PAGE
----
Combining historical research and ethnographic investigations, the Africanist historian Joël Glasman plunges us into the factory of the homo humanitarianus, the average individual, on the basis of which "needs" and aid projects today are assessed. This conversation took place on December 10th 2020, during a conference-debate at Crash.
How did humanitarian organisations come to describe and measure the suffering of victims using numerical indicators ? When did impartiality become synonymous with allocating aid on the basis of universally quantifiable, comparable and prioritised needs ? What are the power struggles, conflicts of interest and value at the origin of the "universal minimum standards" of the SPHERE project? How did a three-colored plastic bracelet, the MUAC, become one of the key instruments for measuring and qualifying the severity of a nutritional crisis?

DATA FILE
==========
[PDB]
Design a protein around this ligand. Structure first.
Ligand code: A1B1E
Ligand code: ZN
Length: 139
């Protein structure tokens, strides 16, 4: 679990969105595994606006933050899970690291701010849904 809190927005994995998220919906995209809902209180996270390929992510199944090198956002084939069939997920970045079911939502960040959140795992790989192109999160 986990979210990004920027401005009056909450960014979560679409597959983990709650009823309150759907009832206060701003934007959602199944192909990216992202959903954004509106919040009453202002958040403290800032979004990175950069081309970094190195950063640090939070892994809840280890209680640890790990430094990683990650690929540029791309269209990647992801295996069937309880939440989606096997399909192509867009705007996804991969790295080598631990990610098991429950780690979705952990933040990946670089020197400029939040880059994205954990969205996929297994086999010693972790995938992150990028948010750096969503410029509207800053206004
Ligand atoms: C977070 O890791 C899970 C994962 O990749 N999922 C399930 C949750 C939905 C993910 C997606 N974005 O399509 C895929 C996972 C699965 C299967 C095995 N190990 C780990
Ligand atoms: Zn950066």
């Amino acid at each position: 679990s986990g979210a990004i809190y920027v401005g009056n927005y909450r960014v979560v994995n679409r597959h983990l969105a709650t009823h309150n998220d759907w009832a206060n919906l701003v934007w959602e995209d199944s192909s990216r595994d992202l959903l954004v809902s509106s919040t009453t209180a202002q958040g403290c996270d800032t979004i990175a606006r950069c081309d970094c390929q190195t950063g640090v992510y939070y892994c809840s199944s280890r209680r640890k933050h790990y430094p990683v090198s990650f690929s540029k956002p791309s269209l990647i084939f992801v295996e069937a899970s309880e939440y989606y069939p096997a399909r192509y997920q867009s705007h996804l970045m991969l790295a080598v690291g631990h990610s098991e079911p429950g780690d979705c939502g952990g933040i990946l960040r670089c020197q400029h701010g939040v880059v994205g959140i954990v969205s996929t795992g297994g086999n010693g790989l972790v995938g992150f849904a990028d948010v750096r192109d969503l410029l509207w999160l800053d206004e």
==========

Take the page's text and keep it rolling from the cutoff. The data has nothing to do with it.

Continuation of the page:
These questions are central to the latest book by the Africanist historian Joël Glasman entitled Humanitarianism and the Quantification of the Human Needs. Minimal Humanity (Routledge Humanitarian Press, 2019). Combining historical research and ethnographic investigations, he immerses us in the factory of the homo humanitarianus, the average individual, on the basis of which "needs" and aid projects are assessed today. He told us about it on December 10th, 2020, during this conference and debate.
To cite this content :
Joël Glasman, The quantification of needs, 10 December 2020, URL : https://msf-crash.org/index.php/en/conferences-debates/quantification-needs
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